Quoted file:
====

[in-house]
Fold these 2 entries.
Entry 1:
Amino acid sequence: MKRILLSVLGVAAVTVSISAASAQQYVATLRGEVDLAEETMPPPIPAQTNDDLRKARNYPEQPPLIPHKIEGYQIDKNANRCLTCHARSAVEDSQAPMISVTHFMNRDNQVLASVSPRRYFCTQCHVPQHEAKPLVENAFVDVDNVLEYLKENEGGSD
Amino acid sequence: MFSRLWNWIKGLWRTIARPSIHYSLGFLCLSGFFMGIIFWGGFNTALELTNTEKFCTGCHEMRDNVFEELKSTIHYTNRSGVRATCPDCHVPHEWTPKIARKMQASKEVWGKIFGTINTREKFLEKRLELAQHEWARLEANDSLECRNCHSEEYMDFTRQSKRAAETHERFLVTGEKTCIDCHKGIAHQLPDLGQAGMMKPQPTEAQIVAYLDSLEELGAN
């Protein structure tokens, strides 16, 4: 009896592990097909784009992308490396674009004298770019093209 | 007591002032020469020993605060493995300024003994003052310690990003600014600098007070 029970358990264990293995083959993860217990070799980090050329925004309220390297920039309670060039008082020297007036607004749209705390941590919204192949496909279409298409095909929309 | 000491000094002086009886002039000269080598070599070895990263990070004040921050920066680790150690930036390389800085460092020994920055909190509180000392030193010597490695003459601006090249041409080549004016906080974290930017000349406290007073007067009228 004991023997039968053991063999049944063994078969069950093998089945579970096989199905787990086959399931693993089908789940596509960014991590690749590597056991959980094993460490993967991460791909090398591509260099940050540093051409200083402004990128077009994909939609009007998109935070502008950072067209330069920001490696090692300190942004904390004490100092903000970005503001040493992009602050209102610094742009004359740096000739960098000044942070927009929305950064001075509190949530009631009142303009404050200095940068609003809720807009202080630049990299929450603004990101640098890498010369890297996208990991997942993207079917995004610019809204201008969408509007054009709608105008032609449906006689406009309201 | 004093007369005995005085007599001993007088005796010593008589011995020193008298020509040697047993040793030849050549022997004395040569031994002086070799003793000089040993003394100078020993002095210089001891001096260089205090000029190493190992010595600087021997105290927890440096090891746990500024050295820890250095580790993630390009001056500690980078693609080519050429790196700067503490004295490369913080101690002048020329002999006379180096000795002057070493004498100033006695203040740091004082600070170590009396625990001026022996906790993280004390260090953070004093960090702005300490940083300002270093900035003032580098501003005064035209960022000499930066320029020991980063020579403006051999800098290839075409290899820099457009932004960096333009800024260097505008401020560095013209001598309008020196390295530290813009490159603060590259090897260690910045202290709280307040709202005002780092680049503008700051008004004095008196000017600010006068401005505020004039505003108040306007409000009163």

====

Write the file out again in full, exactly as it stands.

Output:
[in-house]
Fold these 2 entries.
Entry 1:
Amino acid sequence: MKRILLSVLGVAAVTVSISAASAQQYVATLRGEVDLAEETMPPPIPAQTNDDLRKARNYPEQPPLIPHKIEGYQIDKNANRCLTCHARSAVEDSQAPMISVTHFMNRDNQVLASVSPRRYFCTQCHVPQHEAKPLVENAFVDVDNVLEYLKENEGGSD
Amino acid sequence: MFSRLWNWIKGLWRTIARPSIHYSLGFLCLSGFFMGIIFWGGFNTALELTNTEKFCTGCHEMRDNVFEELKSTIHYTNRSGVRATCPDCHVPHEWTPKIARKMQASKEVWGKIFGTINTREKFLEKRLELAQHEWARLEANDSLECRNCHSEEYMDFTRQSKRAAETHERFLVTGEKTCIDCHKGIAHQLPDLGQAGMMKPQPTEAQIVAYLDSLEELGAN
């Protein structure tokens, strides 16, 4: 009896592990097909784009992308490396674009004298770019093209 | 007591002032020469020993605060493995300024003994003052310690990003600014600098007070 029970358990264990293995083959993860217990070799980090050329925004309220390297920039309670060039008082020297007036607004749209705390941590919204192949496909279409298409095909929309 | 000491000094002086009886002039000269080598070599070895990263990070004040921050920066680790150690930036390389800085460092020994920055909190509180000392030193010597490695003459601006090249041409080549004016906080974290930017000349406290007073007067009228 004991023997039968053991063999049944063994078969069950093998089945579970096989199905787990086959399931693993089908789940596509960014991590690749590597056991959980094993460490993967991460791909090398591509260099940050540093051409200083402004990128077009994909939609009007998109935070502008950072067209330069920001490696090692300190942004904390004490100092903000970005503001040493992009602050209102610094742009004359740096000739960098000044942070927009929305950064001075509190949530009631009142303009404050200095940068609003809720807009202080630049990299929450603004990101640098890498010369890297996208990991997942993207079917995004610019809204201008969408509007054009709608105008032609449906006689406009309201 | 004093007369005995005085007599001993007088005796010593008589011995020193008298020509040697047993040793030849050549022997004395040569031994002086070799003793000089040993003394100078020993002095210089001891001096260089205090000029190493190992010595600087021997105290927890440096090891746990500024050295820890250095580790993630390009001056500690980078693609080519050429790196700067503490004295490369913080101690002048020329002999006379180096000795002057070493004498100033006695203040740091004082600070170590009396625990001026022996906790993280004390260090953070004093960090702005300490940083300002270093900035003032580098501003005064035209960022000499930066320029020991980063020579403006051999800098290839075409290899820099457009932004960096333009800024260097505008401020560095013209001598309008020196390295530290813009490159603060590259090897260690910045202290709280307040709202005002780092680049503008700051008004004095008196000017600010006068401005505020004039505003108040306007409000009163």